Jun 30, 2016 12:03 AM
Grizzly kills mountain biker near Glacier National Park
The Associated Press
HELENA, Mont. (AP) A grizzly bear attacked and killed a 38-year-old mountain biker Wednesday as he was riding along a trail just outside Glacier National Park, Montana authorities said.
Brad Treat and another rider were in the Halfmoon Lakes area of the Flathead National Forest when they apparently surprised the bear, Flathead County Sheriff Chuck Curry said.
The bear knocked Treat off his bike, and the second rider left to look for help, Curry said.
Authorities found Treat's body at the scene, but not the bear. Wildlife and law-enforcement officials were searching for the grizzly Wednesday evening.
Treat was a law-enforcement officer with the U.S. Forest Service.
"Brad was an integral member of our area law enforcement team and a friend to us all," Curry said.
Treat grew up in nearby Kalispell, where was a standout distance runner in high school, his former coach, Paul Jorgenson, told the Flathead Beacon newspaper.
"He was a really good runner but he was also a kind-hearted person who cared about people," Jorgenson told the Beacon.
The second rider, who was not identified, was not injured. Authorities have closed the area, which is about 3 miles away from Glacier's west entrance, for public safety.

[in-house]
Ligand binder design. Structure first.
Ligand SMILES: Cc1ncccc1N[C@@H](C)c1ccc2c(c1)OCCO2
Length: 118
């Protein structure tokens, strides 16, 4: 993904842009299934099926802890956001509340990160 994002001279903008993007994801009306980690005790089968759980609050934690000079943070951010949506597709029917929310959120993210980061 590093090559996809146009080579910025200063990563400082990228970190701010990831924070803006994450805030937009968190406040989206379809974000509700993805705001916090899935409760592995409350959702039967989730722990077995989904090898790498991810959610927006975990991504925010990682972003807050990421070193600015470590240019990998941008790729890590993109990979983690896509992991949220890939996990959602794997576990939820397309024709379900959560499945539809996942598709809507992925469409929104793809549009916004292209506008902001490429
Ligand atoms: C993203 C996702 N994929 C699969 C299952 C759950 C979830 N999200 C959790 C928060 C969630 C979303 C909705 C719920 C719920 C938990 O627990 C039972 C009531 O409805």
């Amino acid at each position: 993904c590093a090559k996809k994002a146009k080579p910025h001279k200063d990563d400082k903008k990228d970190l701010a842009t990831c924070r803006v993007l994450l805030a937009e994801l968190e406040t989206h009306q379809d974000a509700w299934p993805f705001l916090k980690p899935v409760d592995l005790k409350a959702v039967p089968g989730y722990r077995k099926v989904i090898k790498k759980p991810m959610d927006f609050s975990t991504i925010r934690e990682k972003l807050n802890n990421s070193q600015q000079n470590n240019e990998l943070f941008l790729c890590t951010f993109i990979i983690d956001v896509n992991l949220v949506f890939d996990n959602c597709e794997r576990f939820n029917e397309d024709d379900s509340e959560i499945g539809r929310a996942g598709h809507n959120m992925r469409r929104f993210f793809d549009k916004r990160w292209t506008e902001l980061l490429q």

Grizzlies in the Lower 48 states have been designated a threatened species since the 1970s, but their numbers are increasing and so are conflicts between humans and bears.
The grizzlies in the Glacier area among about 1,000 bears in the Northern Continental Divide Ecosystem, which also includes the Bob Marshall Wilderness south of the park. At least 700 more grizzlies live in and around Yellowstone National Park, which is roughly 360 miles south of Glacier.
Six people have been fatally mauled by bears in the Northern Rockies since 2010, but those deaths were mainly in the Yellowstone area. Glacier officials say there are usually one or two non-lethal encounters between bears and humans each year inside the park.
Before Wednesday, there had been 10 bear-related human deaths in Glacier since the park was created in 1910. The last was in 1998, when three bears killed and partially ate a park vendor employee while he was hiking.
In the most well-known Glacier attacks, bears killed two people in different parts of the park in a single night in 1967. Those attacks became the subject of a 1969 book by Jack Olsen titled "Night of the Grizzlies," and later a documentary by the same name.